West Bengal chief minister and TMC chief Mamata Banerjee at the Kolkata rally. Credit: PTI

Will Mamata Banerjee be the PM?

Regions are where the people live; therefore, Banerjee’s simple but powerful message has been that regions have the highest stake in government formation at the Centre. It clearly resonated with the other parties, who responded to her overtures and the success of the Kolkata rally. By inverting the top down thinking on government formation, policy making and planning, Banerjee reflects the confidence that regional parties have gained through their experiences over the past 40 years.

Does that make Mamata Banerjee the strongest claimant to being the prime minister in a UIA led government? It probably does. Apart from the veterans of the coalition wars in India since 1977 – people like Farooq Abdullah, Deve Gowda, Sharad Pawar, Sharad Yadav – it is Banerjee who has the longest experience in governance at the Centre, having become a minister in the Narasimha Rao government in 1991. The unlikeliest of support for her claims is from the BJP; its West Bengal leader Dilip Ghosh, who never misses a chance at attacking Mamata Banerjee, is on record that she deserves to be prime minister, but not till 2024.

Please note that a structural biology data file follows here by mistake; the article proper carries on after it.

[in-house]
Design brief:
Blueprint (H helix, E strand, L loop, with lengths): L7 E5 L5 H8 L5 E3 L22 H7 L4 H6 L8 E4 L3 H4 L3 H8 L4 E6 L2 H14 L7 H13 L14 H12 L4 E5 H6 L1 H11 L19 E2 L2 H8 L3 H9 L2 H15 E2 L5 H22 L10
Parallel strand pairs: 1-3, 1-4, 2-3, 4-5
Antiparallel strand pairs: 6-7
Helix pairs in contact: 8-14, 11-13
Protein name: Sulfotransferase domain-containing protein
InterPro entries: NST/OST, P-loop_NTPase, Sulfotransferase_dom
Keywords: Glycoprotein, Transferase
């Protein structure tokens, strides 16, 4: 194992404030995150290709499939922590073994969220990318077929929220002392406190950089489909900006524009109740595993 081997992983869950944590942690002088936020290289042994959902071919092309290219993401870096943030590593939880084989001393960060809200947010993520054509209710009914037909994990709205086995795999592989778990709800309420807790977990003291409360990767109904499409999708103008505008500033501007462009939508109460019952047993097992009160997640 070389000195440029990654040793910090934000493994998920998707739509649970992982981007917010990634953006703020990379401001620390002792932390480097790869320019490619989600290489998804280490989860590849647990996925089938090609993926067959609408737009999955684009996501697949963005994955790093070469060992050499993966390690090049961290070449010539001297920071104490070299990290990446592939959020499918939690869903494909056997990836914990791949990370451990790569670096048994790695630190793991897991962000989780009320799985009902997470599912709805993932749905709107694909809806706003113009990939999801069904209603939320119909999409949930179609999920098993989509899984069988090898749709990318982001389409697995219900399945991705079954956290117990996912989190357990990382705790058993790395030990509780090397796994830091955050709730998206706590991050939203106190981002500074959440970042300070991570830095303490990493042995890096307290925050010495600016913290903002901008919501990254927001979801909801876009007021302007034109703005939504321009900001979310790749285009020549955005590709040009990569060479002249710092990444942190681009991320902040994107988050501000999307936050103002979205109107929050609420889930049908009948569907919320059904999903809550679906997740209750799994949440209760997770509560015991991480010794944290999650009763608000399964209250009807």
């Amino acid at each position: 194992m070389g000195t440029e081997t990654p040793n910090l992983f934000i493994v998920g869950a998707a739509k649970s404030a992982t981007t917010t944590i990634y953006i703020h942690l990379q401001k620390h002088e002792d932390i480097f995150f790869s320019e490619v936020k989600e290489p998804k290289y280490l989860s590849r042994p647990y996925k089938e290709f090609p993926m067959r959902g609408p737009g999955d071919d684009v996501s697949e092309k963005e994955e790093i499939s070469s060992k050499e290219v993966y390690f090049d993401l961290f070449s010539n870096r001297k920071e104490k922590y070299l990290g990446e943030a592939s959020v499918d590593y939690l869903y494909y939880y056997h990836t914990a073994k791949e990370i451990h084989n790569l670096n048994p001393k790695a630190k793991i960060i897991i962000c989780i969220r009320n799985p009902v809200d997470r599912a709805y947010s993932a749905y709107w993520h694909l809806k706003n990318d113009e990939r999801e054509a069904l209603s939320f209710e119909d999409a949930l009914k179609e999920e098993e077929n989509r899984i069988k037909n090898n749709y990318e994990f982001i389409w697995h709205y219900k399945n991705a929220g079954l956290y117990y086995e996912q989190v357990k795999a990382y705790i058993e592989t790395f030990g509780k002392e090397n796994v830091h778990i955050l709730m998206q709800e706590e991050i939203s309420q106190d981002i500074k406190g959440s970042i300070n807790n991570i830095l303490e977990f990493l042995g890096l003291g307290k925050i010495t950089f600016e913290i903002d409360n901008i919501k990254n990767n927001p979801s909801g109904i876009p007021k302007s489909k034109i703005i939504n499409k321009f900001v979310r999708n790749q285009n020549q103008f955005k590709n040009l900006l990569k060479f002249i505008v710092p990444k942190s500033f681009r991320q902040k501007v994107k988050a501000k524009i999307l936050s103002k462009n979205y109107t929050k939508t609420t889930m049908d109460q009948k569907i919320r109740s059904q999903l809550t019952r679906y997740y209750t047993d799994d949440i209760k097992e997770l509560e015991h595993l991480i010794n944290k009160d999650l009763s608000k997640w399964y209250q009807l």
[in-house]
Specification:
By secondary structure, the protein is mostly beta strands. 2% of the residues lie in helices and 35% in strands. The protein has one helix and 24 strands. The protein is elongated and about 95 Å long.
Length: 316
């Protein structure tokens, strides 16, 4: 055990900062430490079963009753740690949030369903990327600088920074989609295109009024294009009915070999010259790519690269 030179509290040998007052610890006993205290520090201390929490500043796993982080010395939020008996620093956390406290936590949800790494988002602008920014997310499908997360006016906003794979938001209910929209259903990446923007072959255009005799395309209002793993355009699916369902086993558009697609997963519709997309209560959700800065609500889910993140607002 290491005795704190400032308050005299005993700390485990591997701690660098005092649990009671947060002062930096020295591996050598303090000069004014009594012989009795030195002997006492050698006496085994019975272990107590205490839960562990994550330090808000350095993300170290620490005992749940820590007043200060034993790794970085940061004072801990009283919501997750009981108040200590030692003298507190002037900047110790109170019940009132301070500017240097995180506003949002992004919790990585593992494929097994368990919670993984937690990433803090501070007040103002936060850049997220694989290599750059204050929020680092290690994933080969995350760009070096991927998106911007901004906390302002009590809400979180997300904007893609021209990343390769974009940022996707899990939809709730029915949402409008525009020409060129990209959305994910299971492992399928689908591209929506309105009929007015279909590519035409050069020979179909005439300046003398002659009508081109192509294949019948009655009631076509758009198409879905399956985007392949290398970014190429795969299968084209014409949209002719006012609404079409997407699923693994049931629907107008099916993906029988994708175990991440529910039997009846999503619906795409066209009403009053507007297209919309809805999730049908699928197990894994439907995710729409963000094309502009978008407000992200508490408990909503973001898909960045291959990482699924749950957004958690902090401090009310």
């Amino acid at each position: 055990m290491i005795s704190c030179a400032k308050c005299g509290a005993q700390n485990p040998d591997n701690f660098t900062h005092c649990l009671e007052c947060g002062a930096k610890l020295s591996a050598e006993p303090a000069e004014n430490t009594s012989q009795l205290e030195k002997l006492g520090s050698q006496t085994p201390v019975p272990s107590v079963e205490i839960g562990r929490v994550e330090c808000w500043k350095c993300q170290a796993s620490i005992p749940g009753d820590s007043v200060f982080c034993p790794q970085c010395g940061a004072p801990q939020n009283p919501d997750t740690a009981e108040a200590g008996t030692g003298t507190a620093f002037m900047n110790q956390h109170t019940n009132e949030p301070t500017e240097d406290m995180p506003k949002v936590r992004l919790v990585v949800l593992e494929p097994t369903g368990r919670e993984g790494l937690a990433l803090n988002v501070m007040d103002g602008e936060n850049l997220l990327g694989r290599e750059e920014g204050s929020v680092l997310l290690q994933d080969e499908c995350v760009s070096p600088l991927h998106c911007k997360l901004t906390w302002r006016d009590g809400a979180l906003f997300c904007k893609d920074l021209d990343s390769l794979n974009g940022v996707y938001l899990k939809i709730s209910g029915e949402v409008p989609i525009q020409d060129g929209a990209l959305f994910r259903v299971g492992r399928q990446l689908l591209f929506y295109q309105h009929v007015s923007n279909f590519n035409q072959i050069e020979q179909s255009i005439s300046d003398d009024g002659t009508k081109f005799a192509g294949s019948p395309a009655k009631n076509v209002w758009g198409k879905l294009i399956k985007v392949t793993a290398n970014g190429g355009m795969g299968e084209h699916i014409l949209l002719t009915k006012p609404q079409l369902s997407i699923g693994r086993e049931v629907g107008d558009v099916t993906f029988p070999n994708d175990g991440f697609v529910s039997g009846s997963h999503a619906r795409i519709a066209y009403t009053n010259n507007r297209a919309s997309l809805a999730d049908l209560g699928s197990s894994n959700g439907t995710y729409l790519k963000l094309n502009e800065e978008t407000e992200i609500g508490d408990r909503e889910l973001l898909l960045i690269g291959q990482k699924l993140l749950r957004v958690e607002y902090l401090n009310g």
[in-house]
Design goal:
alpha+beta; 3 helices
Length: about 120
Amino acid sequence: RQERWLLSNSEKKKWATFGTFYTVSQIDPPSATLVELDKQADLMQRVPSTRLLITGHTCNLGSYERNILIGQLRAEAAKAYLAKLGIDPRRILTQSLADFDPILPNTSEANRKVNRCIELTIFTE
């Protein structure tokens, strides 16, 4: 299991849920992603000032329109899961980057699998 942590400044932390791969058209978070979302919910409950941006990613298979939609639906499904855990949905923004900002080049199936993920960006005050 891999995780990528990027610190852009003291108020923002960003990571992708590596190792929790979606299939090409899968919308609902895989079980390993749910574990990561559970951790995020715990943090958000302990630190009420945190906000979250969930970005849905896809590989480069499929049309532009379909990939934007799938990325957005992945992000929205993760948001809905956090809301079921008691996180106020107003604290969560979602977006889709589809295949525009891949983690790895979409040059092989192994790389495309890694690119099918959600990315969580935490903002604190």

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The only problem is that Bahujan Samaj Party’s leader Mayawati has declared that the next PM would be from UP, which makes it a contest between two formidable leaders, both women. What matters most, if the UIA defeats the BJP, and the Congress is not in a position to lead the UPA in forming a government, are numbers.

In the current Lok Sabha, the Trinamool Congress is the second largest opposition party; this is a position that it plans to hold on to by winning at least one more than the 34 it won in 2014. Given that neither Mayawati’s party nor the Samajwadi Party are likely to contest more than 37 seats each in UP, the BSP or its ally can win only less numbers of seats than the Trinamool Congress. This makes Mamata Banerjee a front runner.

Having started off as a West Bengal leader serving at the Centre, Mamata Banerjee has now become a national leader with a base in the state. There is irony in this transformation; it mimics Jyoti Basu’s trajectory in government formation at the Centre post-1977, including the moment of historic blunder.

Unlike the CPI(M), Banerjee for all her tenacity, stubbornness and uncompromising stands is far more adroit in managing her ambitions. She will be a king maker, that much is certain. The rest is speculation.

Shikha Mukherjee is a Kolkata-based commentator.